by Ivan Leo
How Python makes decisions: an introduction to Control Flow in programming
What is control flow?
I find it easy to think of control flow in 3 different categories
- Loops ( While, Do while, for )
- Decision-Making ( if-else)
- Exception Handling (Continue, Try-Except, Pass, Break)
These 3 categories roughly sum up the different options available to us when we talk about Control Flow in most programming languages.
So let’s jump right in.
Loops are basically a simple set of instructions that gets repeated until a condition is met.
A good analogy to use for a loop is whisking cake batter:
Based on this recipe, if we use a modern day mixer, 3 minutes is the perfect amount of time to mix the batter. If you were to give instructions to someone using this recipe, it would probably look something like this.
- Mix eggs, flour and secret recipe
- Start a stopwatch and begin mixing batter
- Mix the batter until the stopwatch displays 3 minutes
If we were to translate this into psuedo-code, it would probably look something like this
#Start Timer<....code....>time = 0
While(time != 3 minutes): time = newvalue mix batter
In this case, we are using time to determine if we continue to mix our batter. But this doesn’t really help us take into account specific situations when we use different ingredients.
In this case, we have a few options
- We could monitor the consistency of the batter
- OR we could experiment with a whole bunch of ingredients, record the best times for each and then refer to this record each time we mix the cakes.
Now stop for a moment and think, when would we use the first option and when would we use the second option?
< Intentional Blank Left Here . Do stop and think for a while :) >
The first option is more suited towards situations where we might encounter a lot of unpredictable combinations. It therefore makes sense to not only check time but also to add the safeguard of an additional parameter.
The second option is suited towards situations where we encounter repeated instances of multiple combinations. It’s commonly known as dynamic programming.
In Dynamic Programming, each value is calculated once and then stored in a lookup table for future access. This helps to reduce the run time of future operations by reducing the lookup time, since the value doesn’t have to be recalculated, just looked up and returned.
Now let’s convert what we’ve learnt into code and examine what we can implement in python :)
In python, we have two main tools to use for looping
- While Loops
- For Loops
While Loops allows us to run a command indefinitely.
x = 1y = 2
while(x=2): print("x is looping")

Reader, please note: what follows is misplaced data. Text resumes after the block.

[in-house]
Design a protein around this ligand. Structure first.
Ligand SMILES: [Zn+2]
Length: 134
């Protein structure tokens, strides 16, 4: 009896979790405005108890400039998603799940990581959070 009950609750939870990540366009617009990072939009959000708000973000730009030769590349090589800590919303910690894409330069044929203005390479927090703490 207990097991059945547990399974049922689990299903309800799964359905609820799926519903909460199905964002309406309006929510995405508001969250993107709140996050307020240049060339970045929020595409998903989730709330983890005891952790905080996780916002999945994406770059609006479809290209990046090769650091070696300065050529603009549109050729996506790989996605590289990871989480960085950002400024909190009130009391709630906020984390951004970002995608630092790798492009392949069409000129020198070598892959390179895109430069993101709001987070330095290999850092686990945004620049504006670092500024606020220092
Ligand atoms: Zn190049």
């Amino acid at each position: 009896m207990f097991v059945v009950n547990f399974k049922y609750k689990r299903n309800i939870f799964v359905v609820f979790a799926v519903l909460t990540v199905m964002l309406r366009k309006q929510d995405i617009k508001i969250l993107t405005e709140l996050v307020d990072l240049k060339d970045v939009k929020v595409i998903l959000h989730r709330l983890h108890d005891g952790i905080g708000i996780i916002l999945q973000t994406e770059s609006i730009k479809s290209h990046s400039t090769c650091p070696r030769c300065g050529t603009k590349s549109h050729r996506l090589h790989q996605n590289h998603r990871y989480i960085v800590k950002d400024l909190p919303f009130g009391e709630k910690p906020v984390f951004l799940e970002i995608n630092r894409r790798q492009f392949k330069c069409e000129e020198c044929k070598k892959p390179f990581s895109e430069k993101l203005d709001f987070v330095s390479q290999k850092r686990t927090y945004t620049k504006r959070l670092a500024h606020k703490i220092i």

while(y=2): print("Y is looping")
In the code above, only the second while loop will evaluate while the first will not. When we run the code, we’ll get the following output
>>>python runapp.pyY is loopingY is loopingY is loopingY is looping....
Here’s what happens for the first variable.
As seen above, the while loops does not print x since it does not meet the condition stipulated in the first while loop.
How about the second condition? Well it follows something like this:
As we can see, the while loop constantly checks if a condition is true and only executes if the specified condition is true.
Here are some common implementations in python:
#Asking for User Inputwhile True: userinput = input("Please Input Your Name: ") if userinput.isalpha(): break;
#Dealing with dynamic Variables (i.e. Parameters that can change )no = int(input("Please Enter the number of Loops: "))i = 0
Let’s look through the two examples.
This example code (refer above) is a sample of code we could use to grab some user input. As you code more advanced programs, you’ll be able to code more advanced programs that can check user input or do more things with user input, but for now, we’re gonna print “Hello <userinput>”:
Since True is always true ( I know it’s a bit counterintuitive but bear with me), this loop will run forever. True can never not be True.
userinput = input("Please Input Your Name: ")
This allows us to get some input from the user and store it as a string. We create a variable called userinput and store a reference to that stored string in memory. (If you’re unsure about what’s happening here, I’ve written an article on variables in python, do check it out!)
if userinput.isalpha(): break;
Now comes the magic sauce. The .isalpha() method allows us to check if a string solely consists of characters.
#Sample Output"12a".isalpha() #This returns False"12".isalpha() #This returns False"abc".isalpha() #This returns True
Using this function allows us to check if the user has input a proper name that consists solely of characters in the alphabet.
If the user has input a proper name, the break function then allows us to exit the loop.
This then allows us to execute the final line of code, printing out the string “hello <userName>”.
Example 2 : Looping for a number of Loops
no = int(input("Please Enter the number of Loops: "))
This first line of code allows the user to input a certain value from the command line before converting it to an integer. This is done using the int() value.
i = 0
Next we initialise a variable i to 0 to keep track of the number of loops we want to run, printing the value of i each time:
#Sample OutputPlease Enter the number of Loops: 501234
It’s helpful to think of a while loop as such
For Loops work a little differently than while Loops. Let’s examine the syntax
#Normal For LoopFor i in range(1,6,1): <code>
#Iteration Loopfor i in [1,2,3,4,5]: <code>
What’s happening here?
When you declare a For loop as seen in the first case , you are invoking what is known as a generator. This generates a list of numbers using the parameters you have specified.
It’s helpful to think of the generator as a function that calls a list for now. While that’s not exactly how it works, it’s a close approximation. More to come on this topic!
#This generates a list with values [1,2,3,4,5]For i in range(1,6,1): <code>
This generated list can then be iterated using the inbuilt iteration function in python. This just means that we can call each item in this list in the order they are stored in.
The second example functions in a similar way. In this case however, we explicitly specify the list to be iterated over instead of generating it with the range function.
for i in [1,2,3,4,5]: <code>
Some useful cases
#Printing out items in a list
x = [...values...]for i in x: print(i)